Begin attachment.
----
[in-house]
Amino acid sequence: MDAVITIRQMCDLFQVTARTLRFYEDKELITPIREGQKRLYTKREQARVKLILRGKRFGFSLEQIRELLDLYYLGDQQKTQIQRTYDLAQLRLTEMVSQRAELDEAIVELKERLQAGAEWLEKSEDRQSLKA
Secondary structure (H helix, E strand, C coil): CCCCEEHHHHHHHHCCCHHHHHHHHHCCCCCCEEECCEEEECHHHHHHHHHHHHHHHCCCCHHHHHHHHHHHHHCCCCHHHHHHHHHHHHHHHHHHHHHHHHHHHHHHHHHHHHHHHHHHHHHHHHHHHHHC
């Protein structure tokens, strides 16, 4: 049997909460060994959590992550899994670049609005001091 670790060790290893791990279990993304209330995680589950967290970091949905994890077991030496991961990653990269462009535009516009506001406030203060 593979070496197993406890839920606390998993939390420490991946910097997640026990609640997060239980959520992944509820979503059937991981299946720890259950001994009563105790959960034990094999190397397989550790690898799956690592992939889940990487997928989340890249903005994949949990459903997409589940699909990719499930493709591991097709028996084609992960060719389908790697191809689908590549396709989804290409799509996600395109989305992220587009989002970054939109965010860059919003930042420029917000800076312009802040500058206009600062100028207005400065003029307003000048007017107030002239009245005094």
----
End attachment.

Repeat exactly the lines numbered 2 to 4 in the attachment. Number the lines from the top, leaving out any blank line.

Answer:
Amino acid sequence: MDAVITIRQMCDLFQVTARTLRFYEDKELITPIREGQKRLYTKREQARVKLILRGKRFGFSLEQIRELLDLYYLGDQQKTQIQRTYDLAQLRLTEMVSQRAELDEAIVELKERLQAGAEWLEKSEDRQSLKA
Secondary structure (H helix, E strand, C coil): CCCCEEHHHHHHHHCCCHHHHHHHHHCCCCCCEEECCEEEECHHHHHHHHHHHHHHHCCCCHHHHHHHHHHHHHCCCCHHHHHHHHHHHHHHHHHHHHHHHHHHHHHHHHHHHHHHHHHHHHHHHHHHHHHC
């Protein structure tokens, strides 16, 4: 049997909460060994959590992550899994670049609005001091 670790060790290893791990279990993304209330995680589950967290970091949905994890077991030496991961990653990269462009535009516009506001406030203060 593979070496197993406890839920606390998993939390420490991946910097997640026990609640997060239980959520992944509820979503059937991981299946720890259950001994009563105790959960034990094999190397397989550790690898799956690592992939889940990487997928989340890249903005994949949990459903997409589940699909990719499930493709591991097709028996084609992960060719389908790697191809689908590549396709989804290409799509996600395109989305992220587009989002970054939109965010860059919003930042420029917000800076312009802040500058206009600062100028207005400065003029307003000048007017107030002239009245005094």